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The Decision to Return to School and Enter an RN to BSN Program, Term Paper Example

Pages: 5

Words: 1378

Term Paper

The decision to return to school and enter an RN to BSN program was not one that I made lightly, nor was it one that has been without complications.  I have been working in the health care field since the age of twenty-one, and I have tried several different health-care related ‘careers’ over the last two decades with varying degrees of success.  The undergraduate course work that I have completed in my journey towards completing my degree has taught me many practical skills that will assist me in becoming a compassionate and highly-competent RN.  However, some of the personal skills that I have developed during my schooling are even more valuable, primarily because they have taught me that I possess patience, resilience, and leadership skills of which I had not previously been aware.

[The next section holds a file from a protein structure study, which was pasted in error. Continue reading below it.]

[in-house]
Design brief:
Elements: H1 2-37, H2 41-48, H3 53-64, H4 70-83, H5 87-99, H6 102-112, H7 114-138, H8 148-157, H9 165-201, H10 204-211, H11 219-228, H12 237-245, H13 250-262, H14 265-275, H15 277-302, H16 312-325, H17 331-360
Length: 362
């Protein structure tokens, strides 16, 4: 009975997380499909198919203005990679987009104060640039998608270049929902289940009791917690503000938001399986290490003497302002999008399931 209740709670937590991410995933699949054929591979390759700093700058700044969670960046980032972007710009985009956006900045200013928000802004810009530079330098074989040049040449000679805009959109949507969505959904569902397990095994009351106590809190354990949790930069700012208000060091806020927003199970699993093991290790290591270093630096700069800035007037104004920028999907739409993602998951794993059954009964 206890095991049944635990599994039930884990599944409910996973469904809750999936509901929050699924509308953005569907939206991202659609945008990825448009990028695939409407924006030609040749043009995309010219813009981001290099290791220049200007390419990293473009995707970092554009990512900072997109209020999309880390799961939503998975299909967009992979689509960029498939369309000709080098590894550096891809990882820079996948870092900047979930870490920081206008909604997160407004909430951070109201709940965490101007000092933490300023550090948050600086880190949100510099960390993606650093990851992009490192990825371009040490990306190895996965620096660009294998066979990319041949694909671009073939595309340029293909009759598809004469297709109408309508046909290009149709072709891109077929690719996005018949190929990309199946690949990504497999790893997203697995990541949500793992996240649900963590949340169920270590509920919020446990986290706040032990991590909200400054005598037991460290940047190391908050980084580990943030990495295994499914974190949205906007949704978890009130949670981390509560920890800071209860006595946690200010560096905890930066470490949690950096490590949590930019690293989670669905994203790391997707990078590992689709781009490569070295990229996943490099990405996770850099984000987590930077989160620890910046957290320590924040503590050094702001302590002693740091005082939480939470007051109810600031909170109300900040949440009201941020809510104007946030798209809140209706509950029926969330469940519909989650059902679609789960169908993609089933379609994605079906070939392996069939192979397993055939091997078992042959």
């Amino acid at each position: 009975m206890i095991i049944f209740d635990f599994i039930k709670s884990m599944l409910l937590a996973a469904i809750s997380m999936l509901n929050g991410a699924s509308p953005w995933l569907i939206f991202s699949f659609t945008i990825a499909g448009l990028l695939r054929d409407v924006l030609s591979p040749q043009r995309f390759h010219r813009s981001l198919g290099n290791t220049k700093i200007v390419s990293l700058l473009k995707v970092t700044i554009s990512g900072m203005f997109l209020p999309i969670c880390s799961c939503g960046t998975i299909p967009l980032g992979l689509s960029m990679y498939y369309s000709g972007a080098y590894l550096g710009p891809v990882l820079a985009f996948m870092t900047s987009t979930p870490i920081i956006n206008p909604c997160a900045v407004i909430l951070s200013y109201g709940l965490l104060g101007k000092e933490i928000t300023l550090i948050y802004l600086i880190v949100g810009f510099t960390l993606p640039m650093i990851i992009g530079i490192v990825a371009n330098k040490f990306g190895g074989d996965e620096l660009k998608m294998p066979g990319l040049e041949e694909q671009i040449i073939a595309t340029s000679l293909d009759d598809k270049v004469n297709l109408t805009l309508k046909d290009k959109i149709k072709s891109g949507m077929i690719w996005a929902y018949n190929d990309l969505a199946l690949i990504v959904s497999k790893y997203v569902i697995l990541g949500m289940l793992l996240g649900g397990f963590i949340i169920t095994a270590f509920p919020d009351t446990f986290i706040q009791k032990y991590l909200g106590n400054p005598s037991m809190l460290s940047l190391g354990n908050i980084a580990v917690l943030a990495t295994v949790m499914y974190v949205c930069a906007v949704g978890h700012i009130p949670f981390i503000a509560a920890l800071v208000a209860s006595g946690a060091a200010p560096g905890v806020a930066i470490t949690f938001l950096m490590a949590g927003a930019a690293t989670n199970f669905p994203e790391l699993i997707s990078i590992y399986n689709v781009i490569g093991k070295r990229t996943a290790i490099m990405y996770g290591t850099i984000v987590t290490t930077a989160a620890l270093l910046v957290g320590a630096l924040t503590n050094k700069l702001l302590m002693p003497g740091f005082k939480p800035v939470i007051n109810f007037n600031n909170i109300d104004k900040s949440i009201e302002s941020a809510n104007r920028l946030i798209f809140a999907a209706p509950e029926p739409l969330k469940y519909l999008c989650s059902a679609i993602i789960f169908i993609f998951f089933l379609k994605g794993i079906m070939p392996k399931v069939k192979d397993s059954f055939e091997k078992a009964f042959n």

Specifically, I have found that the undergraduate courses have challenged me to step out of my personal comfort zone and become more involved in classroom and group activities.  It surprised me, initially, that I would find myself reluctant to speak up in class, especially when I had done the required readings and knew the correct answer.  In my professional life working in the field of respiratory therapy, I have never had difficulty advocating for myself or my clients.  I have often been able to speak bluntly and with professional candor to those who are hierarchically above me when I know that it is in the best interest of my clients.  How is it that I could speak without fear to busy and often aggressive doctors, but find myself stumbling on my words in front of a classroom full of my peers?  After a great deal of reflection, I have decided that much of this nervousness stems from the differences in age and life experience that exist between some of my classmates and myself.  I am older than some of them, and I have been working professionally for over fifteen years.  One would think that this would give me increased confidence, however, it seems to have worked in the opposite manner.  At the beginning of my courses, I found it difficult to relate to my peers–so many of their interests and concerns seemed so far away from my own.  As I was juggling a job, a husband, and children, they were worried about their social lives and whether they would be able to borrow money from their parents to go on vacation.  This chasm between us made it difficult for me to speak up in class, and I found that my overall learning experience was suffering from my silence.